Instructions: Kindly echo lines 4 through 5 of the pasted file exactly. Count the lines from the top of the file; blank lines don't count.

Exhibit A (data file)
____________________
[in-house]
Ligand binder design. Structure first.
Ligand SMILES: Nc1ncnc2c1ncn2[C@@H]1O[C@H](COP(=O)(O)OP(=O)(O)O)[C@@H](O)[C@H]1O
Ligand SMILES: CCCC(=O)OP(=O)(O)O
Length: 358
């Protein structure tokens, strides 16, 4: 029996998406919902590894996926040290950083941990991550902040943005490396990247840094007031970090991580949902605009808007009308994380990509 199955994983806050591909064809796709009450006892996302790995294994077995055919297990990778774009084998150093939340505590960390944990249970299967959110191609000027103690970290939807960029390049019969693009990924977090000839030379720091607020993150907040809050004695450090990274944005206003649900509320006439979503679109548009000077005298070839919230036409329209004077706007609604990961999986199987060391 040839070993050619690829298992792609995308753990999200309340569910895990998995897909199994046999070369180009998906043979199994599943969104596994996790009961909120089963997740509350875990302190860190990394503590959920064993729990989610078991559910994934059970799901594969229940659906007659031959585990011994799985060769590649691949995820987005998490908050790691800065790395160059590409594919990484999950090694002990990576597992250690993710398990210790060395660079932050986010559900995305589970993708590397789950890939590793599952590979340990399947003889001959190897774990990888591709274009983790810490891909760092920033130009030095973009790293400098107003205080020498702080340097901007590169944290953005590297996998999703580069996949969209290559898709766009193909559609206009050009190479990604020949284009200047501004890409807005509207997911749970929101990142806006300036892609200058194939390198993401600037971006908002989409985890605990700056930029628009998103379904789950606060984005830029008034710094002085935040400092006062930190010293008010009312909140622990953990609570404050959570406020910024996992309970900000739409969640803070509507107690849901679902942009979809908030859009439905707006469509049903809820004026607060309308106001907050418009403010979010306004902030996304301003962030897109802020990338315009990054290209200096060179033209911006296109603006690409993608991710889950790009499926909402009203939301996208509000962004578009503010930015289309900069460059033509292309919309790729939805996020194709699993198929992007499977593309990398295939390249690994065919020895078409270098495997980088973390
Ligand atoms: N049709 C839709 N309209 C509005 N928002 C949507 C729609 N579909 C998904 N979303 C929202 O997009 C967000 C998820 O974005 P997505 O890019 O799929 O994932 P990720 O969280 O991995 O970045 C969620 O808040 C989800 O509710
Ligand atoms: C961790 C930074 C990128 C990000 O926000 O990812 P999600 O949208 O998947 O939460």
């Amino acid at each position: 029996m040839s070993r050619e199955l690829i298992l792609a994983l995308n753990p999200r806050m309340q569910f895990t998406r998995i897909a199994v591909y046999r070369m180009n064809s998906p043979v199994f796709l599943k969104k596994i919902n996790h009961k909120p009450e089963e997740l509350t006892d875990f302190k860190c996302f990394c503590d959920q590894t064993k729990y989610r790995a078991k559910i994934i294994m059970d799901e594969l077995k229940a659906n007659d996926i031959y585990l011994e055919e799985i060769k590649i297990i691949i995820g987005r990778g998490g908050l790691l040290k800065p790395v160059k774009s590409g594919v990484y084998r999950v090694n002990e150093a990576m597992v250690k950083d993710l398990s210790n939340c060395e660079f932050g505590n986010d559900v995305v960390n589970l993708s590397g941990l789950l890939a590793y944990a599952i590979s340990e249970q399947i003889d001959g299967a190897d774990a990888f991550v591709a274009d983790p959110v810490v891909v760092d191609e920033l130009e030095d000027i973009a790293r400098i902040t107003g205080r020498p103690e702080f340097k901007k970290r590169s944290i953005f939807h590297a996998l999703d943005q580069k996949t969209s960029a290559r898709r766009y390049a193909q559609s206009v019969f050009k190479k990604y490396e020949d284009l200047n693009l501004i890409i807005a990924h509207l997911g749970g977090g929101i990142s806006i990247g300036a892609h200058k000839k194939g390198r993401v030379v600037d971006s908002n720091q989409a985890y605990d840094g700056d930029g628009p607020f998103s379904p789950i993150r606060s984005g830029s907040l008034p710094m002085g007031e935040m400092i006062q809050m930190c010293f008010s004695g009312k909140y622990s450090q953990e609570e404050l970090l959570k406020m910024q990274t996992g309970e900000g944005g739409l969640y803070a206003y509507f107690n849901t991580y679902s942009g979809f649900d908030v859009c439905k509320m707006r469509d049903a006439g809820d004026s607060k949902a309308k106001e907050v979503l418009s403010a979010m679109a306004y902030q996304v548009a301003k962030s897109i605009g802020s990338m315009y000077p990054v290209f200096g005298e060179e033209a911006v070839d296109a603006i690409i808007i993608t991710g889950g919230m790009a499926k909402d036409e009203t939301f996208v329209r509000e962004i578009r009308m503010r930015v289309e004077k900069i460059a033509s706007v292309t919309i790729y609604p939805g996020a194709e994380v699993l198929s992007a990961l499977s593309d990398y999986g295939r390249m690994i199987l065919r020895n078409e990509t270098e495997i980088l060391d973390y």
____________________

Ligand SMILES: CCCC(=O)OP(=O)(O)O
Length: 358